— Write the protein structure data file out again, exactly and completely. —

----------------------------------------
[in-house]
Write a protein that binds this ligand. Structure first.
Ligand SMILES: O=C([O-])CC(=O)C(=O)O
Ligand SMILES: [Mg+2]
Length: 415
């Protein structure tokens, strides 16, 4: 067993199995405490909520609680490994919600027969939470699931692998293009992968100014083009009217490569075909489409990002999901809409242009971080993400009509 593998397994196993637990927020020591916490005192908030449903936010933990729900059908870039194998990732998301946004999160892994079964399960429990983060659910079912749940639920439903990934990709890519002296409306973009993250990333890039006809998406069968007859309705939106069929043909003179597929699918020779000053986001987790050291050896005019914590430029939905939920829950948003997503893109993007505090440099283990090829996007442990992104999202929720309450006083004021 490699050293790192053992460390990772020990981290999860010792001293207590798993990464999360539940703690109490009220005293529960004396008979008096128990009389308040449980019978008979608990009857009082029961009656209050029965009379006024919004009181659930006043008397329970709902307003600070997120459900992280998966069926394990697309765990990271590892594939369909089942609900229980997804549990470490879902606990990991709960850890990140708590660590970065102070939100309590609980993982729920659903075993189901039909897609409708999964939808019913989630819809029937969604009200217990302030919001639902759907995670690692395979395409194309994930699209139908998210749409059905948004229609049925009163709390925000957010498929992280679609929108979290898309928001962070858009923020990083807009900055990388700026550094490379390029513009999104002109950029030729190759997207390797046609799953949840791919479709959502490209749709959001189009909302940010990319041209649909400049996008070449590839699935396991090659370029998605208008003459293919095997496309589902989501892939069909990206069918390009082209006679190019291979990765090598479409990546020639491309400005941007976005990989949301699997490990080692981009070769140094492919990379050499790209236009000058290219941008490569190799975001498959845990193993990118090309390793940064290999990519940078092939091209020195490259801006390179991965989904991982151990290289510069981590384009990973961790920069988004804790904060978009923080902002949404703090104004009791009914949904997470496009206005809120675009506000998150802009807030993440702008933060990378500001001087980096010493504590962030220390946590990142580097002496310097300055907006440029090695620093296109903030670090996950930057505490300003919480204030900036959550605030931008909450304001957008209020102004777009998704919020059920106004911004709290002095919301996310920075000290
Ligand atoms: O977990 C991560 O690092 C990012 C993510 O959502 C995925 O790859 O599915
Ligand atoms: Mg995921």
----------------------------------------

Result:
[in-house]
Write a protein that binds this ligand. Structure first.
Ligand SMILES: O=C([O-])CC(=O)C(=O)O
Ligand SMILES: [Mg+2]
Length: 415
């Protein structure tokens, strides 16, 4: 067993199995405490909520609680490994919600027969939470699931692998293009992968100014083009009217490569075909489409990002999901809409242009971080993400009509 593998397994196993637990927020020591916490005192908030449903936010933990729900059908870039194998990732998301946004999160892994079964399960429990983060659910079912749940639920439903990934990709890519002296409306973009993250990333890039006809998406069968007859309705939106069929043909003179597929699918020779000053986001987790050291050896005019914590430029939905939920829950948003997503893109993007505090440099283990090829996007442990992104999202929720309450006083004021 490699050293790192053992460390990772020990981290999860010792001293207590798993990464999360539940703690109490009220005293529960004396008979008096128990009389308040449980019978008979608990009857009082029961009656209050029965009379006024919004009181659930006043008397329970709902307003600070997120459900992280998966069926394990697309765990990271590892594939369909089942609900229980997804549990470490879902606990990991709960850890990140708590660590970065102070939100309590609980993982729920659903075993189901039909897609409708999964939808019913989630819809029937969604009200217990302030919001639902759907995670690692395979395409194309994930699209139908998210749409059905948004229609049925009163709390925000957010498929992280679609929108979290898309928001962070858009923020990083807009900055990388700026550094490379390029513009999104002109950029030729190759997207390797046609799953949840791919479709959502490209749709959001189009909302940010990319041209649909400049996008070449590839699935396991090659370029998605208008003459293919095997496309589902989501892939069909990206069918390009082209006679190019291979990765090598479409990546020639491309400005941007976005990989949301699997490990080692981009070769140094492919990379050499790209236009000058290219941008490569190799975001498959845990193993990118090309390793940064290999990519940078092939091209020195490259801006390179991965989904991982151990290289510069981590384009990973961790920069988004804790904060978009923080902002949404703090104004009791009914949904997470496009206005809120675009506000998150802009807030993440702008933060990378500001001087980096010493504590962030220390946590990142580097002496310097300055907006440029090695620093296109903030670090996950930057505490300003919480204030900036959550605030931008909450304001957008209020102004777009998704919020059920106004911004709290002095919301996310920075000290
Ligand atoms: O977990 C991560 O690092 C990012 C993510 O959502 C995925 O790859 O599915
Ligand atoms: Mg995921």